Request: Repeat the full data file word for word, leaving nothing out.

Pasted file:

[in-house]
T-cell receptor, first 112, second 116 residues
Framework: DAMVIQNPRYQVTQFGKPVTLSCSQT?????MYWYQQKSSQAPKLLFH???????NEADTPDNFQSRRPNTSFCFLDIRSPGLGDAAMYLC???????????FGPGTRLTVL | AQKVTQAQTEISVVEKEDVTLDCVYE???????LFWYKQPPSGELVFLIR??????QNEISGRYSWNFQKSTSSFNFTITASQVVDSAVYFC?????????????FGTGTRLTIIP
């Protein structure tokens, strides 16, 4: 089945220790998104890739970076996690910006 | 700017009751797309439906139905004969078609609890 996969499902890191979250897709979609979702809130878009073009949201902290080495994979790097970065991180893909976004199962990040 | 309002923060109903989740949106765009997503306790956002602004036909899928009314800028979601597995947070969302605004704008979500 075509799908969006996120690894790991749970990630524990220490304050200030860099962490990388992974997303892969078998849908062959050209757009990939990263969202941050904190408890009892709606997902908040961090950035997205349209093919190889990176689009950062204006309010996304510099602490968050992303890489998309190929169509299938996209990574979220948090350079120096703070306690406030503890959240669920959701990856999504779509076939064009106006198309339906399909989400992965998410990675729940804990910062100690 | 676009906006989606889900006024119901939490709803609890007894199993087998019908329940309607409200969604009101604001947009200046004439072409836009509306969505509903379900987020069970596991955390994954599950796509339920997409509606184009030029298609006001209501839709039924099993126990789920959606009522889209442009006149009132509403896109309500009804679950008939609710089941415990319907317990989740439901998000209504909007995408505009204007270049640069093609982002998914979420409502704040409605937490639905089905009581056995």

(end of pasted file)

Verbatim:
[in-house]
T-cell receptor, first 112, second 116 residues
Framework: DAMVIQNPRYQVTQFGKPVTLSCSQT?????MYWYQQKSSQAPKLLFH???????NEADTPDNFQSRRPNTSFCFLDIRSPGLGDAAMYLC???????????FGPGTRLTVL | AQKVTQAQTEISVVEKEDVTLDCVYE???????LFWYKQPPSGELVFLIR??????QNEISGRYSWNFQKSTSSFNFTITASQVVDSAVYFC?????????????FGTGTRLTIIP
């Protein structure tokens, strides 16, 4: 089945220790998104890739970076996690910006 | 700017009751797309439906139905004969078609609890 996969499902890191979250897709979609979702809130878009073009949201902290080495994979790097970065991180893909976004199962990040 | 309002923060109903989740949106765009997503306790956002602004036909899928009314800028979601597995947070969302605004704008979500 075509799908969006996120690894790991749970990630524990220490304050200030860099962490990388992974997303892969078998849908062959050209757009990939990263969202941050904190408890009892709606997902908040961090950035997205349209093919190889990176689009950062204006309010996304510099602490968050992303890489998309190929169509299938996209990574979220948090350079120096703070306690406030503890959240669920959701990856999504779509076939064009106006198309339906399909989400992965998410990675729940804990910062100690 | 676009906006989606889900006024119901939490709803609890007894199993087998019908329940309607409200969604009101604001947009200046004439072409836009509306969505509903379900987020069970596991955390994954599950796509339920997409509606184009030029298609006001209501839709039924099993126990789920959606009522889209442009006149009132509403896109309500009804679950008939609710089941415990319907317990989740439901998000209504909007995408505009204007270049640069093609982002998914979420409502704040409605937490639905089905009581056995």